The word “retirement” conjures up many images. While most baby boomers might be dreaming of more time on the golf course or booking a cruise, you might be thinking about buying a business. Crazy? Maybe not.
Seniors bring life experience and skills as well as a wide network of contacts to a commercial venture. But running a business doesn’t always go to plan. Small businesses are risky by nature, often have voracious appetites for capital and are usually vulnerable to irregular cash-flow.
Assuming you satisfy superannuation conditions of release, consider these questions before leaping in with both feet:
Will you be using your savings or relying totally on super? If using super, consider the risks associated with putting all your eggs in one basket. Do the sums and work out an appropriate balance.
Starting from scratch means starting small usually with a lot of unknowns ahead. Existing businesses come with customers, structures and processes. Regardless, your decision must be guided by how much you’re ready and able to put into building and maintaining your new venture.
No really – you still need to think about retirement planning, tax, insurance, etc. Important any time, they’re fundamental when you’re self-employed.
Self-managed Super Funds (SMSFs) exist to protect the future benefits of members. Therefore, all SMSF investments must meet Related Party regulations, meaning that you cannot use SMSF money to buy a business if you, or another fund member, intends working and deriving an income from it. There could be other options available and this is where you need to seek specific advice first. Retail or industry funds sometimes restrict lump-sum withdrawals. Access to and the tax applied to a lump sum withdrawal will depend on your age and the taxable components of your super. Your super fund can tell you how much in your account is taxable or tax-free. Even though a lump sum withdrawal may be tax-free, if you use that money to earn income, that income will be taxed at your marginal tax rate. If your business pays you an income, it’s imperative that you speak with your financial adviser about super as significant restrictions apply to contributions. These include an annual cap on concessional contributions of $25,000. This will impact on how much you can re-contribute to replace the amount you’ve withdrawn. Access to super below age 55 is subject to strict withdrawal conditions. The desire to purchase a business is not one of them.
You probably don’t want to think about this, but Australian Bureau of Statistics (ABS) figures indicate that 36% of small businesses fail in their first three years. This is why conducting due diligence before purchasing an ongoing business is crucial. If things don’t turn out as planned, throwing good money after bad won’t help. Will you know when to quit? Do you have an exit plan?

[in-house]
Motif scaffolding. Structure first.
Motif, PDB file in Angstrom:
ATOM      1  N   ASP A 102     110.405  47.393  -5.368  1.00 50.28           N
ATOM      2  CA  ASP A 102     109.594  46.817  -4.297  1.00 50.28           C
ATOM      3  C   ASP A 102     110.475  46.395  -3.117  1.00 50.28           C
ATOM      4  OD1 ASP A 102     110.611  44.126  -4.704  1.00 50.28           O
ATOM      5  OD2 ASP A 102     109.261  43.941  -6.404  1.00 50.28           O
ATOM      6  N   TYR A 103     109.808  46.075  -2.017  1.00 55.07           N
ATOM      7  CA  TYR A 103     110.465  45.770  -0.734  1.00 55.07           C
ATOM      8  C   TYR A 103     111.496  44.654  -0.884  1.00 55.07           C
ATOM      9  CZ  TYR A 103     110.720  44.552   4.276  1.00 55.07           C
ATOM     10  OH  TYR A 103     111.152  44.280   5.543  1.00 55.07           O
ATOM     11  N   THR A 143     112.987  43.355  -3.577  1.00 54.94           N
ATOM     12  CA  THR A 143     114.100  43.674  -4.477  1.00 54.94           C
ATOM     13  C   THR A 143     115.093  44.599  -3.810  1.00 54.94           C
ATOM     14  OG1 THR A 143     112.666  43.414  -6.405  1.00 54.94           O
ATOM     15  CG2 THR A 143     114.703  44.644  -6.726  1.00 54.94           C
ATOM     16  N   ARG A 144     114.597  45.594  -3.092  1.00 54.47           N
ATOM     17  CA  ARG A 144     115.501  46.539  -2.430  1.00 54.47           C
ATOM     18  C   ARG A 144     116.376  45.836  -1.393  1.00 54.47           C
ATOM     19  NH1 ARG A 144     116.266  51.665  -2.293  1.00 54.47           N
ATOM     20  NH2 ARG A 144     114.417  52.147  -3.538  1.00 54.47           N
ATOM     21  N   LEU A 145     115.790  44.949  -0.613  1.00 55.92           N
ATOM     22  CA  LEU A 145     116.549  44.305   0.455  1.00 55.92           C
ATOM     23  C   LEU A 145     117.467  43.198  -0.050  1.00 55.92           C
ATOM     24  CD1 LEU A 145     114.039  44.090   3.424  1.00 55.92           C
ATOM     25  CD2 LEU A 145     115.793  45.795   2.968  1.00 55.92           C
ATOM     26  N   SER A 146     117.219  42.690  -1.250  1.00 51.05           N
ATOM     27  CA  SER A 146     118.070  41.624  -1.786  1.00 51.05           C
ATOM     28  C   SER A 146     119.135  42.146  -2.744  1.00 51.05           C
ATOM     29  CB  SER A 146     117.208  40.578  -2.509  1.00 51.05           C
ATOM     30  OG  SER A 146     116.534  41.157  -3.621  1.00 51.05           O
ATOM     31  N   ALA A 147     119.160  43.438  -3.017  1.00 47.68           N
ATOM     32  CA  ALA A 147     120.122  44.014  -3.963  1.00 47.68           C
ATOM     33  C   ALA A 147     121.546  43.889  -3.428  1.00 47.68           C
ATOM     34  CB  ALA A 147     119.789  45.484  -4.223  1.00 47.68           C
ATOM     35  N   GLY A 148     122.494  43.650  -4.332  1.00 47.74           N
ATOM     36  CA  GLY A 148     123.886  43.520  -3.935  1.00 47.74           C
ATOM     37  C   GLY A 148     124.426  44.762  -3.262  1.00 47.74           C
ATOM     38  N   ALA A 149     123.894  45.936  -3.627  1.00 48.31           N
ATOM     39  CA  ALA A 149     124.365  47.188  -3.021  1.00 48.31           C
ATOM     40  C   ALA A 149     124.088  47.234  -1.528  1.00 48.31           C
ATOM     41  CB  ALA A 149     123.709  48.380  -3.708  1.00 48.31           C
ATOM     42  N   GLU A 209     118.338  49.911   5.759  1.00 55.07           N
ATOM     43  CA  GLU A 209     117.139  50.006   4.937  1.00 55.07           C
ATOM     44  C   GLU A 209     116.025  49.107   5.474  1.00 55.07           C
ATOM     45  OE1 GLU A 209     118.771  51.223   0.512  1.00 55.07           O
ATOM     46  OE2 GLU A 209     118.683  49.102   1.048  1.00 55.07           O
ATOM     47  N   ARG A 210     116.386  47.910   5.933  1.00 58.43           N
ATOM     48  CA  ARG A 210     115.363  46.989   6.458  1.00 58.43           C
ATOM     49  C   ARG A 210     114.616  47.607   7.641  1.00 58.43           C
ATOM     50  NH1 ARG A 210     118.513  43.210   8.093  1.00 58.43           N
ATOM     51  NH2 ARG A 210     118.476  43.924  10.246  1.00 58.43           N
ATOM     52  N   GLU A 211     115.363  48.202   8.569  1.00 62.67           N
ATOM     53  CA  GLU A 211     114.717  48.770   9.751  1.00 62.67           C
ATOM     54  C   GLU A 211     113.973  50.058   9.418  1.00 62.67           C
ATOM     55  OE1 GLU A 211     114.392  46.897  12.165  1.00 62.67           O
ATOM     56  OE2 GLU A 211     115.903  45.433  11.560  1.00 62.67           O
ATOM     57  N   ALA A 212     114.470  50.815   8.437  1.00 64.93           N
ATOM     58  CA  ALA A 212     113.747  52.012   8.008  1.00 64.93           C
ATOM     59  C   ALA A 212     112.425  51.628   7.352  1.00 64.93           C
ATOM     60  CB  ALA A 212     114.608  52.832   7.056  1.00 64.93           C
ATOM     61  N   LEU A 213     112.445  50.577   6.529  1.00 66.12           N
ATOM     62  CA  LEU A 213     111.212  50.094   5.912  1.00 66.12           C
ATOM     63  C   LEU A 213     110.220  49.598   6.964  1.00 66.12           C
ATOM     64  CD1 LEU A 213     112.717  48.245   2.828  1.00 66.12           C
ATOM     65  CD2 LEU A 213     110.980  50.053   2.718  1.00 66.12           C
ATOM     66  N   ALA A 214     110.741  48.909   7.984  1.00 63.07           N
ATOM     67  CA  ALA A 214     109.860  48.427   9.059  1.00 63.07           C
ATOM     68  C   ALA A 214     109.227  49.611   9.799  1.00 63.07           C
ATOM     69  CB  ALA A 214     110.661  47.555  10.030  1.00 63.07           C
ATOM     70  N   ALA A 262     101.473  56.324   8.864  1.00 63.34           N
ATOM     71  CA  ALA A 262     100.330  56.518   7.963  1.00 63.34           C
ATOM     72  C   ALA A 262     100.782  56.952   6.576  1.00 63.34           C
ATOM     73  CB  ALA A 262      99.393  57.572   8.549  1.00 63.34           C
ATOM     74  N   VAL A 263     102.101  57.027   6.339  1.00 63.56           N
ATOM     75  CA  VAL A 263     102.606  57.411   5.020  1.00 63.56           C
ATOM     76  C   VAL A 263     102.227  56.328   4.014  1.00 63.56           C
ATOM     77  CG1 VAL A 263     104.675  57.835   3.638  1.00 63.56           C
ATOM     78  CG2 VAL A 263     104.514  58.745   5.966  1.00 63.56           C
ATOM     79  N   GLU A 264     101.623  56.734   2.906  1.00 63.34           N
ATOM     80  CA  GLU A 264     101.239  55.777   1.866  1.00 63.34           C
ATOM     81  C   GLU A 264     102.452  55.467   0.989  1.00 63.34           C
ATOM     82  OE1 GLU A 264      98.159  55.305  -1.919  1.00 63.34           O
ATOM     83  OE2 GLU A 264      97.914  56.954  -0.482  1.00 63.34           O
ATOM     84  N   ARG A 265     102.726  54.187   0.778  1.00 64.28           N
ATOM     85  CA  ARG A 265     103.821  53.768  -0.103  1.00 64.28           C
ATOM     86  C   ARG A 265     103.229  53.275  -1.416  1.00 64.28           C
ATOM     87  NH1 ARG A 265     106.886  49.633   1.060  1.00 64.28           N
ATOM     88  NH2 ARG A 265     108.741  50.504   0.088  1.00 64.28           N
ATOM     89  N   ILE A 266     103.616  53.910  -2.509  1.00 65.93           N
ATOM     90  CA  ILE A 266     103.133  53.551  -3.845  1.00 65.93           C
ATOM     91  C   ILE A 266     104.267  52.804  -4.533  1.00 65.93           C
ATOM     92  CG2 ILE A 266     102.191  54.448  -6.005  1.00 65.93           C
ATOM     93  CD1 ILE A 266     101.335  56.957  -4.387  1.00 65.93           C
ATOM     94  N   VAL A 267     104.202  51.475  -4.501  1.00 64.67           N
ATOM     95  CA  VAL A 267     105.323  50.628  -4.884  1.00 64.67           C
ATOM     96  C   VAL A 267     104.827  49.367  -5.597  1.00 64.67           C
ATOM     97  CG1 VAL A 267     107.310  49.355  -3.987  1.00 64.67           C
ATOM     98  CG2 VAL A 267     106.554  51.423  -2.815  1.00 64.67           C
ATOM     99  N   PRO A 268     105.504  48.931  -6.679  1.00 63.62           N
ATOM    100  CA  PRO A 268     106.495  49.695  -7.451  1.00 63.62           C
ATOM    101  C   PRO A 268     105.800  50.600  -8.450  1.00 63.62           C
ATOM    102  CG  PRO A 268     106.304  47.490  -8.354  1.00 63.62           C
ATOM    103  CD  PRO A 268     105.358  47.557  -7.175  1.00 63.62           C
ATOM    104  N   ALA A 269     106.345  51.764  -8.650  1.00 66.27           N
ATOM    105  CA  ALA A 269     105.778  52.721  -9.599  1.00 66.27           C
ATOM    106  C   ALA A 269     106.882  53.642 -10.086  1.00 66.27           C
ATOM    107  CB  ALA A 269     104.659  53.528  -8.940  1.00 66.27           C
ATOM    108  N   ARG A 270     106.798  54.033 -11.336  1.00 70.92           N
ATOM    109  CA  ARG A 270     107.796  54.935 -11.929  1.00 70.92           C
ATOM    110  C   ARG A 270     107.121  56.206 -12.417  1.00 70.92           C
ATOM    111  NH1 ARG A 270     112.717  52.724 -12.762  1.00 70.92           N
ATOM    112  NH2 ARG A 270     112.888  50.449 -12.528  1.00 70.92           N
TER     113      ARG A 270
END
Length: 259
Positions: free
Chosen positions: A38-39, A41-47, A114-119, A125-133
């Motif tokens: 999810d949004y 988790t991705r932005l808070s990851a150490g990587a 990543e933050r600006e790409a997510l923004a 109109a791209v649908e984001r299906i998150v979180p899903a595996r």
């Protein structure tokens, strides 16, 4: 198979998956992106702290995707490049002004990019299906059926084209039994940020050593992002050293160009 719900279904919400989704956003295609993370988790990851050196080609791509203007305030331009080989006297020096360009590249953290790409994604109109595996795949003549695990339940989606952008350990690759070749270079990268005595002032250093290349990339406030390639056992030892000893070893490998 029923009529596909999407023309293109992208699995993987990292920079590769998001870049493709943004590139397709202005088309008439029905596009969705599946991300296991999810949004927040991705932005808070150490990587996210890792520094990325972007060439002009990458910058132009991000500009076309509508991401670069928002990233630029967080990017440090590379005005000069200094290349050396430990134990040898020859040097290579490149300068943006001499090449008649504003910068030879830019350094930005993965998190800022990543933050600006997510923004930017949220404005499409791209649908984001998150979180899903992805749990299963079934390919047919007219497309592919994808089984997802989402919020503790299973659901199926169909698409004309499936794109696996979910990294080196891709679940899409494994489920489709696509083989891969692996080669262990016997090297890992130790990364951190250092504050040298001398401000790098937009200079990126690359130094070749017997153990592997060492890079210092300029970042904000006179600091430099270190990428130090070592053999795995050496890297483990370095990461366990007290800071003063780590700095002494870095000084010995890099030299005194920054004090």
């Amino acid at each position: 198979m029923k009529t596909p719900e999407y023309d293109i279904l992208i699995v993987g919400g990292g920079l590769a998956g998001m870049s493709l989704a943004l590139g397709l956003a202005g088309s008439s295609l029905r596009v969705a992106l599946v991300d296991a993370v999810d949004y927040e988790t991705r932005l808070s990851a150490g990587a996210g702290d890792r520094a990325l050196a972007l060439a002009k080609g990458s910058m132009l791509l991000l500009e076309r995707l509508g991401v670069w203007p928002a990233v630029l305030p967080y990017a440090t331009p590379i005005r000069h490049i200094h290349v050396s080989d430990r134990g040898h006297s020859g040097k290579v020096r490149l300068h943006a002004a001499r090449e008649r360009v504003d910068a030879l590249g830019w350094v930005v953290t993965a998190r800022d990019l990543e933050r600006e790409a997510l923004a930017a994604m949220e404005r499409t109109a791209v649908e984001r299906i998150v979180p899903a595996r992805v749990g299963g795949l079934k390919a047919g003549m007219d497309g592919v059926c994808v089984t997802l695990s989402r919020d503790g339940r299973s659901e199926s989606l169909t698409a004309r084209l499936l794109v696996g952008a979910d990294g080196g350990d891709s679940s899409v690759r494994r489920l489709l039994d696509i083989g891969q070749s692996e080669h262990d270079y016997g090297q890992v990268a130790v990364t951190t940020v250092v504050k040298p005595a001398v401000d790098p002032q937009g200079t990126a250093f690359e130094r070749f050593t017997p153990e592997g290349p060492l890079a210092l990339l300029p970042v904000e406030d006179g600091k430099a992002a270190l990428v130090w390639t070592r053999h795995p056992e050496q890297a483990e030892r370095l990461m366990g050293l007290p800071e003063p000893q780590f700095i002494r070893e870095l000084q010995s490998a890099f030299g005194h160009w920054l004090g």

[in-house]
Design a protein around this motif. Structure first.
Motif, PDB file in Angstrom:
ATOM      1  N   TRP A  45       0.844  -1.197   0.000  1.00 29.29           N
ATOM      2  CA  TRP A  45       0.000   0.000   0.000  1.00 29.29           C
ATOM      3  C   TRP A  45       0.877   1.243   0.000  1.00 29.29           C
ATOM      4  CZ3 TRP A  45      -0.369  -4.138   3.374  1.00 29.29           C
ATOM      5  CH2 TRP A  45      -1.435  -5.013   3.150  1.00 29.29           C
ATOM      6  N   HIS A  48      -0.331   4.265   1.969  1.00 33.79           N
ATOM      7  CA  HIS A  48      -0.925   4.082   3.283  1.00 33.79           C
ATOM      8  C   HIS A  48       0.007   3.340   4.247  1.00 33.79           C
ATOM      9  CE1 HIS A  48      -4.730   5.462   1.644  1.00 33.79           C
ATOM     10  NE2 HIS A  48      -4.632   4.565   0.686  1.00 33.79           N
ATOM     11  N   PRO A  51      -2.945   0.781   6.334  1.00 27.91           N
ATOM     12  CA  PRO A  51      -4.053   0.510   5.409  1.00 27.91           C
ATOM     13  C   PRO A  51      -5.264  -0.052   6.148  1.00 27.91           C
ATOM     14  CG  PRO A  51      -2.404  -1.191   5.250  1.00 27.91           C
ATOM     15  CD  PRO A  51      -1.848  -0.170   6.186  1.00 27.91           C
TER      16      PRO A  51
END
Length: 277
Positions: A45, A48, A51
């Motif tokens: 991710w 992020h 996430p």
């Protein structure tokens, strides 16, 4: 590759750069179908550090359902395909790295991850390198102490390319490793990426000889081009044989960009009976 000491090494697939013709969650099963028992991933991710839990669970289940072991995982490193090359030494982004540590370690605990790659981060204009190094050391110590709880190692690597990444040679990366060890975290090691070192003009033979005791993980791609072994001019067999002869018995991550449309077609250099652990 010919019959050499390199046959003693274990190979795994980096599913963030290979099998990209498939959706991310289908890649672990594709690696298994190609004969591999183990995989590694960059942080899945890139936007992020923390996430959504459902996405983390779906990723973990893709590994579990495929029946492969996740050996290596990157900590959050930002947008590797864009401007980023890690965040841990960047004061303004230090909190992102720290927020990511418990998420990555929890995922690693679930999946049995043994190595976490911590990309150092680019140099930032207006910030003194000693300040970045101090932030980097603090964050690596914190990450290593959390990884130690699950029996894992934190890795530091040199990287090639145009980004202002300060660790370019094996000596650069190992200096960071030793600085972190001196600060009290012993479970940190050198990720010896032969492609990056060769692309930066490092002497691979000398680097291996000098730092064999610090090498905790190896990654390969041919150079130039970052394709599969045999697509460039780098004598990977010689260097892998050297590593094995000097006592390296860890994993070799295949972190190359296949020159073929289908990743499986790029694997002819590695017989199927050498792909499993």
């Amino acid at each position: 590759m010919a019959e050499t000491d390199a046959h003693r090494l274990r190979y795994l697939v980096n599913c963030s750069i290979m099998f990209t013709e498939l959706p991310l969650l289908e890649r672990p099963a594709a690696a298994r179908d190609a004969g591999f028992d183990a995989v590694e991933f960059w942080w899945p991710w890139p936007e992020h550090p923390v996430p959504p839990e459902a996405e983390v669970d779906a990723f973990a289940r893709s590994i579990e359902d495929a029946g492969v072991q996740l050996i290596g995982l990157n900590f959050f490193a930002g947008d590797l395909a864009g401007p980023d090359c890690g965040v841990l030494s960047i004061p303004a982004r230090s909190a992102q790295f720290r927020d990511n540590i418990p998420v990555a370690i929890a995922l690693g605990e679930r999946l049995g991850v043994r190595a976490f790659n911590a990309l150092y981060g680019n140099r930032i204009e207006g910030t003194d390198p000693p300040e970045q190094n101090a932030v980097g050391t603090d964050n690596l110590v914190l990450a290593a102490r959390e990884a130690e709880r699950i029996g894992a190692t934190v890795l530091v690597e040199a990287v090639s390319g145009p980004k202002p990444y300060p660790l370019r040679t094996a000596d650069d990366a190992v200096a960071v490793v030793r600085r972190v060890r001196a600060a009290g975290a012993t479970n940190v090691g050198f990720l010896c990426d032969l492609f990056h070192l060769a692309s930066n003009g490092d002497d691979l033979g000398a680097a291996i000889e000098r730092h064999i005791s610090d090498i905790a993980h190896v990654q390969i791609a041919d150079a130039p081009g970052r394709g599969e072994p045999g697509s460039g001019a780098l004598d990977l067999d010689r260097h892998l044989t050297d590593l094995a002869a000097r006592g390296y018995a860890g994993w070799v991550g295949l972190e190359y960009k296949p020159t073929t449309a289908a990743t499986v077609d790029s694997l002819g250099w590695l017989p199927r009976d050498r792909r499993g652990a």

What will you do with the business when you finally retire? Sell? Pass it on to family? Plan for this final stage at the beginning. Thanks to improved health and medical technology, Australians are living longer, which is why a sound strategy for such a big leap later in life is more important than ever. After all, if 60 is the new 40, then the story is not even close to finished!
For advice on how buying a small business may effect you, give the team at Steve May a call and start a conversation today.
You need to consider with your financial planner (or adviser), your objectives, financial situation and your particular needs prior to making an investment decision. Futuro Financial Services Pty Ltd and its authorised representatives (or credit representatives) do not accept liability for any errors or omissions of information supplied on this website
Steve May, Luke Styles and May Wealth Pty Ltd T/A Steve May Financial Services are Authorised Representatives / Corporate Authorised Representative of Futuro Financial Services Pty Ltd ABN 30 085 870 015, Australian Financial Services Licensee, Licence number 238478. Please refer to our website at www.stevemayfs.com.au to reference our Financial Services Guide and business/adviser profiles.
May Wealth Pty Ltd ABN 71 612 234 518 trading as Steve May Financial Services is a Corporate Authorised representative of Futuro Financial Services Pty Ltd ABN 30 085 870 015, Australian Financial Services Licensee, Licence number 238478.
Steve May and Luke Styles are Authorised Representative’s of Futuro Financial Services Pty Ltd ABN 30 085 870 015, Australian Financial Services Licensee, Licence number 238478